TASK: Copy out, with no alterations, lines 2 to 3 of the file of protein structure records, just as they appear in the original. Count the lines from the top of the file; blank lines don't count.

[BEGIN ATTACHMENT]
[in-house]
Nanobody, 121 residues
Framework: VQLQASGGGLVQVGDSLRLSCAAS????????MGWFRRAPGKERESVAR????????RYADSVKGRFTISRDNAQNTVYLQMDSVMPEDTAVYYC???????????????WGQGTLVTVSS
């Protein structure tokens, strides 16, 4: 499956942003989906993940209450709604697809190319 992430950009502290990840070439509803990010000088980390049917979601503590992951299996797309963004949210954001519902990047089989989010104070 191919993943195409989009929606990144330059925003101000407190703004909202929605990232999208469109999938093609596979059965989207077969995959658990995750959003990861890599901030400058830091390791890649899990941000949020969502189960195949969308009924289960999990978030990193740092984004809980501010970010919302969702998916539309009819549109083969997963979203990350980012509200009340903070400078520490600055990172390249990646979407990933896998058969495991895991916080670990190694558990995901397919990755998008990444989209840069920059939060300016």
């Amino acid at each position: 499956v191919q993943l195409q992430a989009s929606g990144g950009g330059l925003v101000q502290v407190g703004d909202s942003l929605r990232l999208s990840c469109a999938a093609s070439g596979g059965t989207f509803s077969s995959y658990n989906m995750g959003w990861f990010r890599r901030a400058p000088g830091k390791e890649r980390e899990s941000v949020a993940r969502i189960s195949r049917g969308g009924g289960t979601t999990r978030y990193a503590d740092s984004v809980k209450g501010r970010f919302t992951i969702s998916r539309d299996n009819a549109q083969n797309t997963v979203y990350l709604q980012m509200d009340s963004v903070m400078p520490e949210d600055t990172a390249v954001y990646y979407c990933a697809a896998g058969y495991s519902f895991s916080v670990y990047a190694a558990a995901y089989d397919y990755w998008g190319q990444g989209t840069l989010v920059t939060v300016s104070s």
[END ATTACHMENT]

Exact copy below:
Nanobody, 121 residues
Framework: VQLQASGGGLVQVGDSLRLSCAAS????????MGWFRRAPGKERESVAR????????RYADSVKGRFTISRDNAQNTVYLQMDSVMPEDTAVYYC???????????????WGQGTLVTVSS